100 years ago, San Francisco was a new city. As with most cities, it was built atop older cities, and the terrific shaking and subsequent fire of 1906 was, while dramatic, merely the latest in a string of disastrous fires destroying the city, ever since the the former Spanish Mission outpost became a burgeoning port servicing the Gold Rush of 1849 (which is when my own family arrived).  The city was built not only over the ashes of its former self, but also the very ships which delivered thousands to the maw of Gold Fever.  Entire crews jumped ship to try their luck at mining, and the harbor grew a forest of masts from abandoned ships, an ironic contrast to the recently deforested hills and islands around the Bay.  Today, every new hi-rise downtown schedules a few months for archeologists to clear out the Clipper ship carcasses used as landfill for what was to become our downtown.

A 1915 program for the Panama Pacific International Exposition, showing the Tower of Jewels, set with 102,000 ‘novagems’ of Czech crystal, lit by 50 arc lamps. Behind is the Rainbow Scintillator, the first use of searchlights for entertainment, as a cadre of Marines swung multi-colored lights in coordinated patterns at night. Spectacle!

The ‘06 Quake was different from previous disasters, as the city had an opportunity to establish building codes for earthquake safety, and reinvent itself as it saw fit.  My great-grandfather was a developer on the Van Ness corridor, the new artery from the Bay to City Hall, and built a few of the impressive reinforced-concrete auto dealerships which still stand, although few still sell cars.  Our family legacy included the first Ford dealership on the west coast, a lovely 4-storey concrete building with floor-to-ceiling industrial glazing, which I longed to inhabit in my post-college days.  But that’s another tale.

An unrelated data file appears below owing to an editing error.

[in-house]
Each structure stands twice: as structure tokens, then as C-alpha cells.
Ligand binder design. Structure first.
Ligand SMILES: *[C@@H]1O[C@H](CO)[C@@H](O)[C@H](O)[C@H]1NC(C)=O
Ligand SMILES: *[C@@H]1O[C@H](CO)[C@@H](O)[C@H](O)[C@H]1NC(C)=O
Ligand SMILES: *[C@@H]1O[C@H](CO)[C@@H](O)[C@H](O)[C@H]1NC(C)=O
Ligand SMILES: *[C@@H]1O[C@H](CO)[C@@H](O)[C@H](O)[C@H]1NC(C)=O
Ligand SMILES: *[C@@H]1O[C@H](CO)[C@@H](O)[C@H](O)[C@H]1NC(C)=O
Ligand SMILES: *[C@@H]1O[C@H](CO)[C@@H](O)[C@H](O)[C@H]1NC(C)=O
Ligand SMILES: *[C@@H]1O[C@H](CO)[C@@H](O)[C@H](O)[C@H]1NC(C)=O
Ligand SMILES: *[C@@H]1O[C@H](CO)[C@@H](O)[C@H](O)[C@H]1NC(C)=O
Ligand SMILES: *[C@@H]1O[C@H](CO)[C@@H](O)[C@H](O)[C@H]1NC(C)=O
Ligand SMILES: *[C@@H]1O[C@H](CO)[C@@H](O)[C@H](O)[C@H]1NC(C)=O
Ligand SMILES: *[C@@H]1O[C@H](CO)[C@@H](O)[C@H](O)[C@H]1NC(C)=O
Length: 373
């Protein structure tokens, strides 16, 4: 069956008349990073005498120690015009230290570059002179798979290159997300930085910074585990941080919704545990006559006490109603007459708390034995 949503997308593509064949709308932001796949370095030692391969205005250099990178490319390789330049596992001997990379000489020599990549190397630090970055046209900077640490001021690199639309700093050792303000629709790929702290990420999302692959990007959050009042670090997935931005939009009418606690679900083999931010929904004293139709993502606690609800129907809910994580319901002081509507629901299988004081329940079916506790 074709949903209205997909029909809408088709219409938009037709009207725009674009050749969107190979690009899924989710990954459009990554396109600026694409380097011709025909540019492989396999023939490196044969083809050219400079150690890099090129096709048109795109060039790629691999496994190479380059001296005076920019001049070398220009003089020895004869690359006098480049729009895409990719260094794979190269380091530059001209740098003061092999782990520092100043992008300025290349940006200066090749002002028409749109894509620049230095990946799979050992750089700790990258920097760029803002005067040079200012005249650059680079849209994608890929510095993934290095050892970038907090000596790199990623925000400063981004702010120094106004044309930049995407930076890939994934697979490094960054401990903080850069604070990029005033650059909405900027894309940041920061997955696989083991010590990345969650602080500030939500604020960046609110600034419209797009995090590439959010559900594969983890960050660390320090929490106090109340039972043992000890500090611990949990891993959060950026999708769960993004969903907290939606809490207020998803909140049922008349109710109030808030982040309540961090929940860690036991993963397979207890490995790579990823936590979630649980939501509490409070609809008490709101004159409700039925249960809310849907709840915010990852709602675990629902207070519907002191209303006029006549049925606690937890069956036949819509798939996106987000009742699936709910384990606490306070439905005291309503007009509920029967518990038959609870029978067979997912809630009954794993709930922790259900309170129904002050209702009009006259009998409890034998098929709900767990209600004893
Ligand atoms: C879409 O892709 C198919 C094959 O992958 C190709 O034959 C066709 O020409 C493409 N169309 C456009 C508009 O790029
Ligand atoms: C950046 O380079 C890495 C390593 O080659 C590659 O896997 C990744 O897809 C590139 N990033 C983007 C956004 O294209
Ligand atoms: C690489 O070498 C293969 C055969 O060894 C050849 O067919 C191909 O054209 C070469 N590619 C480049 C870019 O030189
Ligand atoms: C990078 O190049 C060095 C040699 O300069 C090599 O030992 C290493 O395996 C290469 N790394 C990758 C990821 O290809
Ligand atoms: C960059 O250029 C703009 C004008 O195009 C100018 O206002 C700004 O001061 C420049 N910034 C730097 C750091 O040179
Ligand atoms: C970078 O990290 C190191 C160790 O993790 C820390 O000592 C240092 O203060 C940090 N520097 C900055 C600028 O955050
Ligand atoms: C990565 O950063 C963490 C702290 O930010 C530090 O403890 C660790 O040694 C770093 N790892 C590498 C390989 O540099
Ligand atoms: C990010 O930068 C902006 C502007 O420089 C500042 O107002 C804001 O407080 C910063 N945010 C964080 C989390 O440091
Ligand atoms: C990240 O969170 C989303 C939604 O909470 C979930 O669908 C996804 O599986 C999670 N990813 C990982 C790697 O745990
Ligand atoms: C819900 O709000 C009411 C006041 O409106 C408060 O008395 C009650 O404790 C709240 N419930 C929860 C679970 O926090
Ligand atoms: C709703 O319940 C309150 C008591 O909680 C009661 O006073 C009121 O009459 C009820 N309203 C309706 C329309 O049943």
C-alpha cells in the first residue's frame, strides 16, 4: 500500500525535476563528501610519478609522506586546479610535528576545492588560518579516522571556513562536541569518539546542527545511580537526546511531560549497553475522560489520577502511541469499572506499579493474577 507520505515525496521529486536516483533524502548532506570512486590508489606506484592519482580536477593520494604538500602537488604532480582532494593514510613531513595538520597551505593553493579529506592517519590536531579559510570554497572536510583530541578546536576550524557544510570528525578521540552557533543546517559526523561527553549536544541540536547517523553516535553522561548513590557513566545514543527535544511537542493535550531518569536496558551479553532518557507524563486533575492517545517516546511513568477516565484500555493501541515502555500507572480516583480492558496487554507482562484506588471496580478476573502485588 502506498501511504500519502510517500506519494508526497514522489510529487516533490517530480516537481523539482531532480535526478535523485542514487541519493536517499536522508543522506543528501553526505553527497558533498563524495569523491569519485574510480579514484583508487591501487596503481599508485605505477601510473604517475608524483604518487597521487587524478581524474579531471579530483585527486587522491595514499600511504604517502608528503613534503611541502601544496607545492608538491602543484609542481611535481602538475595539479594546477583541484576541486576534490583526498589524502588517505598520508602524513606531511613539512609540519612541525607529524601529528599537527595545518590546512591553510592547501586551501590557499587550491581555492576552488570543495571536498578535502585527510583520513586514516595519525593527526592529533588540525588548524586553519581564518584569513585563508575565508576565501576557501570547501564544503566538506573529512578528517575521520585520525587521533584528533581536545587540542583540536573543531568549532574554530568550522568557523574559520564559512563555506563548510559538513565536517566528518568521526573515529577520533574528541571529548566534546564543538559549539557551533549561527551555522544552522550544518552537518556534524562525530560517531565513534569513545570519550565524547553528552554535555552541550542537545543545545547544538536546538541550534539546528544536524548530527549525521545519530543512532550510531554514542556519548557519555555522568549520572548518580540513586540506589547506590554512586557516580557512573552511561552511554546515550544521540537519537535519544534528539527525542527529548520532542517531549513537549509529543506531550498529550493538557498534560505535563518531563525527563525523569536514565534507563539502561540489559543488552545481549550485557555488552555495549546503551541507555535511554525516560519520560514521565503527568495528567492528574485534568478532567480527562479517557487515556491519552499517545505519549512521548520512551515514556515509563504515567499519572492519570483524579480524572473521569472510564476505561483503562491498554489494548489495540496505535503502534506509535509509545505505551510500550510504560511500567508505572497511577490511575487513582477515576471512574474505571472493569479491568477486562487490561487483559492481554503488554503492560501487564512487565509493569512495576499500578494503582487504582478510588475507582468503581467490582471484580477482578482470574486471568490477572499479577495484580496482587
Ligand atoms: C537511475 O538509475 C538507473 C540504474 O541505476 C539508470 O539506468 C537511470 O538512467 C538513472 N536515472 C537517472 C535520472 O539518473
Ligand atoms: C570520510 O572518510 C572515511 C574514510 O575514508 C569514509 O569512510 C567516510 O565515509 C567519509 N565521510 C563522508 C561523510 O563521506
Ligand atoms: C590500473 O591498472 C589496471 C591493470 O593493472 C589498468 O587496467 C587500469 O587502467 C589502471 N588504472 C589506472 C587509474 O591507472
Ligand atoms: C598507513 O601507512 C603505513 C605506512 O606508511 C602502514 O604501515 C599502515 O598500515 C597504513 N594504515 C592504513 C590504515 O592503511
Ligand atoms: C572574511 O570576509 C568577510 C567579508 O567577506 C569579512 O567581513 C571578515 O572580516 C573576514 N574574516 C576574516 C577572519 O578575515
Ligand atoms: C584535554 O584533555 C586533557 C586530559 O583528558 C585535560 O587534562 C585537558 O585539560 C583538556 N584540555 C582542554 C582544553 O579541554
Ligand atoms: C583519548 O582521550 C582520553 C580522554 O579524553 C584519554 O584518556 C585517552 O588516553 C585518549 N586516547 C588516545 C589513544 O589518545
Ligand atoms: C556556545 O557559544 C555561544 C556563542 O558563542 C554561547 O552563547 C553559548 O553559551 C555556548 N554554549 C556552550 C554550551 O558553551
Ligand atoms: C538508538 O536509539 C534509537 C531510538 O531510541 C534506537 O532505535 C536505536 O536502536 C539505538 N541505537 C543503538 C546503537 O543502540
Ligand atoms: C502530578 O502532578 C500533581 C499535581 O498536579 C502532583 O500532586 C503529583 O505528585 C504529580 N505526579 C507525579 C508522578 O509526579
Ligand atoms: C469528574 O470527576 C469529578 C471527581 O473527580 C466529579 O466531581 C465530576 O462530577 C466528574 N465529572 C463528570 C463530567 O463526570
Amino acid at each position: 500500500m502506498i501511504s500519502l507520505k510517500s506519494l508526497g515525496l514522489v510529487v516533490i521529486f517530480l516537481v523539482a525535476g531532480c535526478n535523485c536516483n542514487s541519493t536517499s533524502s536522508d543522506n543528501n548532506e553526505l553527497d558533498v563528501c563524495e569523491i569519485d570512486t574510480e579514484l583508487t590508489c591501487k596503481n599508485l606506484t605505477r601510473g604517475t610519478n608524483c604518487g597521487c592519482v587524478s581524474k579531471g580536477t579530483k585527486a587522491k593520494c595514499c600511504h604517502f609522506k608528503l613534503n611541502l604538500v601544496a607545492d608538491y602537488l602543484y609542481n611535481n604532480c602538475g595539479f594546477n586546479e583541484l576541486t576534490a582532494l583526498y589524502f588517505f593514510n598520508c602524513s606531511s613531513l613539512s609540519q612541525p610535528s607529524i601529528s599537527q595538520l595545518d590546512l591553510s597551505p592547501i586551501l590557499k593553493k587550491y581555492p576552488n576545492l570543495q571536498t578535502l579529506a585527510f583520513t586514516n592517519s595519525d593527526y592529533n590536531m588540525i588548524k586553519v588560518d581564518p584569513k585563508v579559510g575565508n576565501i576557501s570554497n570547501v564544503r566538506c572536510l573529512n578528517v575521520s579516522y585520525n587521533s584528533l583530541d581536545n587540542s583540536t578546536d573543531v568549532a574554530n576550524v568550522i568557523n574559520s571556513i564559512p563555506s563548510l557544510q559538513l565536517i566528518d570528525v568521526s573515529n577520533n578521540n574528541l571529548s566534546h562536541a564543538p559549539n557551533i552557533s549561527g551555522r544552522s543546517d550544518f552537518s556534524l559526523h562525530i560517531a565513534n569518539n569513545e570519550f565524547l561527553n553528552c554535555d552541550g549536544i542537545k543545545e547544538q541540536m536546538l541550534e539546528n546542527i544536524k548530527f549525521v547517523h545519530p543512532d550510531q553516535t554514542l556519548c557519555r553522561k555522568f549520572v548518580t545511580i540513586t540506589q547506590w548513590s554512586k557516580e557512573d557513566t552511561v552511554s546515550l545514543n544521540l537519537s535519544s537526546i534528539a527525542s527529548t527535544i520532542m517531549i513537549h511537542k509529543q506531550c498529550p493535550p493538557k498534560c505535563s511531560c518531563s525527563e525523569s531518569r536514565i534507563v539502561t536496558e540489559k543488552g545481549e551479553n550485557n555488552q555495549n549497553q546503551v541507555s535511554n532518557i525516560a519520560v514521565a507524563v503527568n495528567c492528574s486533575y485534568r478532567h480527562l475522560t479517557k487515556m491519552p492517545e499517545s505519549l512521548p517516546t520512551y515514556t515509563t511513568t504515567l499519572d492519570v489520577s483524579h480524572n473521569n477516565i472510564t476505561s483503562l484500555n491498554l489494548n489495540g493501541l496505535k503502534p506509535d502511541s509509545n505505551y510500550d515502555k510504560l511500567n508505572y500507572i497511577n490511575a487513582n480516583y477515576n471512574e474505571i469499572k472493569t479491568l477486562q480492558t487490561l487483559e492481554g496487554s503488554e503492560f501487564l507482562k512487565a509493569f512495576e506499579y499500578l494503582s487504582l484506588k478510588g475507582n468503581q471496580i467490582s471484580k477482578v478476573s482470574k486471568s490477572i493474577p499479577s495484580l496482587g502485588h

The PPIE almost finished – note no Golden Gate Bridge – that didn’t go up for another 20 years. The bottom left of the photo shows The Zone, and clearly shows the scale of the open-topped Race for Life motordrome – huge! The Tower of Jewels is at the top left…

2015 is the Centennial year for the 1915 Panama Pacific International Exposition (PPIE), and lots of attention has been focused on the Expo in local museums and books.  The enormous Exposition was built over the Harbor View neighborhood (now called the Marina), which was a squatter’s tent camp on swampy marshland, just past the grazing pastures of Cow Hollow.  City fathers – notably our incredibly corrupt mayor ‘Sunny Jim’ Rolph – devised the genius plan to fortify the soil of Harbor View, and build an Expo on the site to celebrate the 1913 opening of the Panama Canal. Of course the Expo really celebrated San Francisco itself, and developers subsequently got rich on the land beneath the Expo, after it was torn down in 1916.  Hence the Marina district today, which swells with a tech-yuppie influx and is one of the most expensive neighborhoods in town, regardless of its vulnerability to future earthquakes, due to its landfill foundation.

The start of it all – a postcard showing Joe Hall circulating on a 1913 Excelsior 7C-based board tracker, at the 90degree mark in the Race for Life at the 1915 PPIE

While researching an article for The Automobile magazine on two auto races at the PPIE (‘Race Around the Rainbow Scintillator’, which I’ll publish on TheVintagent.com in December), I came across Laura Ackley’s excellent book ‘Jewel City’, which contains a postcard of Joe Hill circulating a Wall of Death on an Excelsior racer  – which was news to me!  Here was photographic evidence of a a very early Wall right in my home town, in the middle of the PPIE.  Time to hit the library…

The exterior of the Race for Life concession in the middle of The Zone at the PPIE – quite a thrill for $0.10. Note the plaster racers at the top of the facade, and the mural showing the cars at vertical. One of the racers stands outside. (Courtesy SF History Center, SF Public Library)